The PropTech trend has quickly grown over the past two years, 2018 is the year when real estate will actually adopt the technology, according to experts at MIPIM 2018.
If there were any lingering doubts about the growing importance of technology in real estate they were surely laid to rest at MIPIM 2018.
There is a school of thought that 2016 was the year of awareness of proptech and a willingness to understand what it meant for the industry. Then 2017 became the year of agents, property companies and asset managers signing up for technology across many applications.
And as Charlie Wade, UK MD of the proptech firm VTS, told MIPIM News: “I strongly believe that 2018 will be the year when people actually adopt technology and see the real return on their investment.”
As a measure of how far technology has been taken up by the industry, the analytics firm CB Insights says that investment in proptech has totalled $9.7bn globally since 2011. In fact, half of that total has come in the past two years. This is an accelerating trend.
All of which was evident in conference sessions and numerous presentations during the week, and not least in MIPIM’s third Startup Competition, which attracted a huge audience when the winners were announced on the Wednesday. Indeed, the audience was three times the size of previous years – another sign of the proptech times.
The competition winner was Norway’s Disruptive Technologies, producer of what it claims to be the world’s smallest wireless sensor. The company, which was also exhibiting at MIPIM for the second year, uses its sensor technology by working with other partners to create case-specific solutions such as space monitoring and comfort management within buildings.
Second in the competition was Workwell, which allows building services to be centralised in one app. Third was PHYSEE, a company that has developed “the world’s first fully transparent energy and data generating windows and transformed existing single purpose material glass into a form of power”.
As Aaron Block, co-founder and MD of MetaProp NYC and MIPIM’s real estate tech partner, told the audience, all the businesses that entered the competition were “a calibre above what we have seen in previous years”.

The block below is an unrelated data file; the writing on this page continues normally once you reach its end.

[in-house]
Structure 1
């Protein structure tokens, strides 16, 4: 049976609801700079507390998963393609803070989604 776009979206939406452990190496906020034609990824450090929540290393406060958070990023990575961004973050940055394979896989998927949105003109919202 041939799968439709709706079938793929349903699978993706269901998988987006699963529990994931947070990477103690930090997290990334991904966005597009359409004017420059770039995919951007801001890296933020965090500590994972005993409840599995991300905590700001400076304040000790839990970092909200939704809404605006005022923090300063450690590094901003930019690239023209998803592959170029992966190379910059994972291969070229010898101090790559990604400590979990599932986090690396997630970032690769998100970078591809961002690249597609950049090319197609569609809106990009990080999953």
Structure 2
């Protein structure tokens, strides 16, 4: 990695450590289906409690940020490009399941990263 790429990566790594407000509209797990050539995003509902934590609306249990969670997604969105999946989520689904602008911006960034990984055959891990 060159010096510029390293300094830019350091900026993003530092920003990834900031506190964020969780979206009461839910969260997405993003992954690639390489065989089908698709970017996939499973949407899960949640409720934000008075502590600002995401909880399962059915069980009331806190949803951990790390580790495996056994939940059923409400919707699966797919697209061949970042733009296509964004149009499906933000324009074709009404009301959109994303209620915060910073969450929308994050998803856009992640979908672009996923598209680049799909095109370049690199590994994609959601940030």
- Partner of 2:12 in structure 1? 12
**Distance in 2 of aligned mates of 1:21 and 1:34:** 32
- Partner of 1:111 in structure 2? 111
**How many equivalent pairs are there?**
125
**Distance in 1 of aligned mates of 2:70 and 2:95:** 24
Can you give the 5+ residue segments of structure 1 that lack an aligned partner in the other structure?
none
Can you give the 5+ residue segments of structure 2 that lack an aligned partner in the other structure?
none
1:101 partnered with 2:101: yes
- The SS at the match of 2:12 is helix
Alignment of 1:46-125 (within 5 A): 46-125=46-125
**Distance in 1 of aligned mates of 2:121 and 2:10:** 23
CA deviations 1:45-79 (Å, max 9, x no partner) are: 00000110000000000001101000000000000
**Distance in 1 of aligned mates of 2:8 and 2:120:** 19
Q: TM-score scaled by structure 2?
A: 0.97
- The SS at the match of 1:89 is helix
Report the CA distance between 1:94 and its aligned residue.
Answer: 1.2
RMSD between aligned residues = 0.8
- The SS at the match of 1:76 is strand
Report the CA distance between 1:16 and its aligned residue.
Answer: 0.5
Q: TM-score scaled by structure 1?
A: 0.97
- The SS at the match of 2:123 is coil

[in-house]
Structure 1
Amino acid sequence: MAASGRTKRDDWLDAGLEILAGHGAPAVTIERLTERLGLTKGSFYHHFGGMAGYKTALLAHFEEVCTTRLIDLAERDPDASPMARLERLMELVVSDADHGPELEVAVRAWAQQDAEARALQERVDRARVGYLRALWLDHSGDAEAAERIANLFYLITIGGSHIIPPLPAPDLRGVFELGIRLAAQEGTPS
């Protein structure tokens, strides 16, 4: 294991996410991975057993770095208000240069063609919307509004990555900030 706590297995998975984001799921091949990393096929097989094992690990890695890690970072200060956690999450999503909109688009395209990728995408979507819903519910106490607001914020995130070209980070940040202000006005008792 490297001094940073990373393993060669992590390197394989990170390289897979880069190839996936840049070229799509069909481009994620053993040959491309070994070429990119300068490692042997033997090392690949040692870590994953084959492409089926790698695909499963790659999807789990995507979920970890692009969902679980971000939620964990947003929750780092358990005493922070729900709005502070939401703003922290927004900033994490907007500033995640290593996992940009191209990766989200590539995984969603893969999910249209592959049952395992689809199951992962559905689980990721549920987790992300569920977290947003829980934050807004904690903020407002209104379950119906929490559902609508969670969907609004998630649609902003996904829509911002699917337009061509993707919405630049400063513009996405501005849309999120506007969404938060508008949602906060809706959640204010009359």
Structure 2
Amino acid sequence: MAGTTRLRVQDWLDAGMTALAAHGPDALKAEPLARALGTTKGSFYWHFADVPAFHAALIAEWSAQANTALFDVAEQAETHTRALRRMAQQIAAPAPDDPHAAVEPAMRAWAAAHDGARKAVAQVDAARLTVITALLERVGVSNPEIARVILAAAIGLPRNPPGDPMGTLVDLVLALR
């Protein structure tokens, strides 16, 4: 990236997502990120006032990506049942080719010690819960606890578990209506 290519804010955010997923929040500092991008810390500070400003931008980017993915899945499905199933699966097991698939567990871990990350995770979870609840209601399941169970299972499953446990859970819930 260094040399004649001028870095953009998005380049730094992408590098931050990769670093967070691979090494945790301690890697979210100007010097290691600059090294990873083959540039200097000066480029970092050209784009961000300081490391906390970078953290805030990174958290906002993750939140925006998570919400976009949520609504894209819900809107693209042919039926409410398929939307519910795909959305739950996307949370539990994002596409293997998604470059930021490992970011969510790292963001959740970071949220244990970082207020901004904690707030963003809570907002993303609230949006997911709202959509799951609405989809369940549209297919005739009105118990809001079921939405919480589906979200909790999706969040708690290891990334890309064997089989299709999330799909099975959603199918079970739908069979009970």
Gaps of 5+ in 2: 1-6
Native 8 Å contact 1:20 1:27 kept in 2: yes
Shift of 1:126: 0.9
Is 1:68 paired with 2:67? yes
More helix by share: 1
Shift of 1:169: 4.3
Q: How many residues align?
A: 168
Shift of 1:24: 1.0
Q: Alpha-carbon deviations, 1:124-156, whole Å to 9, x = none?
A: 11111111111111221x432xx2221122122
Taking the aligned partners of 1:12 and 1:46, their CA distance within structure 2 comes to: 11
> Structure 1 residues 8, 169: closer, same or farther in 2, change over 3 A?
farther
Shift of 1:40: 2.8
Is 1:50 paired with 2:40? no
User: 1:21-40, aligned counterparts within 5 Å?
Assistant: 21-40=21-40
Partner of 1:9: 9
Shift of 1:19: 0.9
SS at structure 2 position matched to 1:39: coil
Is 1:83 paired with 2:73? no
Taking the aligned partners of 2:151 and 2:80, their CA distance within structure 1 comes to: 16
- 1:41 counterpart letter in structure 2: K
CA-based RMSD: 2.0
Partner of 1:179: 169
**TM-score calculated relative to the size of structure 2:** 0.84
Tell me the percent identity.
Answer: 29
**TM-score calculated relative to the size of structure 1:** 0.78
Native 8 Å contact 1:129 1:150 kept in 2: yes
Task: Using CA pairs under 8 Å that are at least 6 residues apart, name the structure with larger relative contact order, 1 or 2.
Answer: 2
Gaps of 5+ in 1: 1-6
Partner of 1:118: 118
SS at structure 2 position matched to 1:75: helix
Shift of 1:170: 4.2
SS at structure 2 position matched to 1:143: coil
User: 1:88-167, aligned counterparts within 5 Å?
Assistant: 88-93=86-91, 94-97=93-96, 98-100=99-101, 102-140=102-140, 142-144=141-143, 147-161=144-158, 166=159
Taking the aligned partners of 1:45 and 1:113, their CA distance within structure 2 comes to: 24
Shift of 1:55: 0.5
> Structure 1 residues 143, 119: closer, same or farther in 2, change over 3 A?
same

But it didn’t just take the Startup Competition to show the breadth of innovation and enterprise out there. Many firms used MIPIM to launch technologies, including Lithuania’s PropTech Baltic with its RealBox, which is claimed to be the first proptech “sandbox” in the world.
RealBox’s objective is to tackle an industry-wide issue. Proptech companies need to test their technology and concepts with trial runs before going to market – this usually involves finding property partners and spending time and money into figuring out and carrying out the needed improvements. RealBox helps companies cut the time and costs needed to run pilot tests by providing set-up free of charge.
RealBox is just one example of the growing influence of proptech, which will be reinforced in June 20-21, 2018 with the launch of MIPIM PropTech Europe in Paris. The French government has put its weight behind developing the country’s tech sector and Secretary of State at the Ministry of Territorial Cohesion, Julien Denormandie, spent much of his time at MIPIM enthusiastically talking with tech and startup companies in the Innovation Forum.
“Technology is increasingly providing innovative solutions and ideas for the real estate sector and MIPIM PropTech Europe will be a unique opportunity for real estate leaders, tech companies and investors to come together to discuss tech trends and do business,” said Reed MIDEM’s Filippo Rean.
MIPIM PropTech Europe will no doubt show that technology has many and varied applications for the benefit of real estate. But as Disruptive Technologies CEO, Erik Fossum Faerevaag explained to the Startup Competition audience, his technology enables “cost savings, increased margins and improved tenant relations”.
Right now, that neatly sums up much of what is good about proptech.
Written by Doug Morrison at MIPIM News.
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